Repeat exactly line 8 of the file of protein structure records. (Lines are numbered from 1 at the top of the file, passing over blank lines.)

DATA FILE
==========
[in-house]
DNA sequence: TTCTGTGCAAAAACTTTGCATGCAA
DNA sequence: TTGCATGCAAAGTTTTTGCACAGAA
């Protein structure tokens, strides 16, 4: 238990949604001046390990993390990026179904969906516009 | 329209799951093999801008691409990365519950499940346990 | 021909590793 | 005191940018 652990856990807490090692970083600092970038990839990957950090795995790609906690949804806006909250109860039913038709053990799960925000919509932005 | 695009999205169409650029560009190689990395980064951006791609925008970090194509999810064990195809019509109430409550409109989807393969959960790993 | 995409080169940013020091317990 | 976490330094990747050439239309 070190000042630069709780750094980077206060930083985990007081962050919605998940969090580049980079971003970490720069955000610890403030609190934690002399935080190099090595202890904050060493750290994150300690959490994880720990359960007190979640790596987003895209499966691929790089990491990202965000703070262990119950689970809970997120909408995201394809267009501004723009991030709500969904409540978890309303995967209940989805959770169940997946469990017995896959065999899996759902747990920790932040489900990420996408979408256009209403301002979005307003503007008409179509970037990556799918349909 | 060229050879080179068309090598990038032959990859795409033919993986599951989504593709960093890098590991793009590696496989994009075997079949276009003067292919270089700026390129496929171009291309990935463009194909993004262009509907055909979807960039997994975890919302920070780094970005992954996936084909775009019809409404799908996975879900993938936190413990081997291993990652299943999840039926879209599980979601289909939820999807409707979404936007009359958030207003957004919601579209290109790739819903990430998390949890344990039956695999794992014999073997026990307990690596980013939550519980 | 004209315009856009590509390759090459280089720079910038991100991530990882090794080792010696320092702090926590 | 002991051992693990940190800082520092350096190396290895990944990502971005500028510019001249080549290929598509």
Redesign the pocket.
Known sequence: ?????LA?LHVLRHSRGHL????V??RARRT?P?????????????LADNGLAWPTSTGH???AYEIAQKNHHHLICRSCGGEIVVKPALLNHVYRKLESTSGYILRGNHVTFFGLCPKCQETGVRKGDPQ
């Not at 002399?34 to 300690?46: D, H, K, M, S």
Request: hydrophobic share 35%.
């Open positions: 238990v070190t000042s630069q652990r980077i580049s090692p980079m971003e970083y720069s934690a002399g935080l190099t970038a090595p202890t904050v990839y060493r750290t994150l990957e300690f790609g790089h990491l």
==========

Request: hydrophobic share 35%.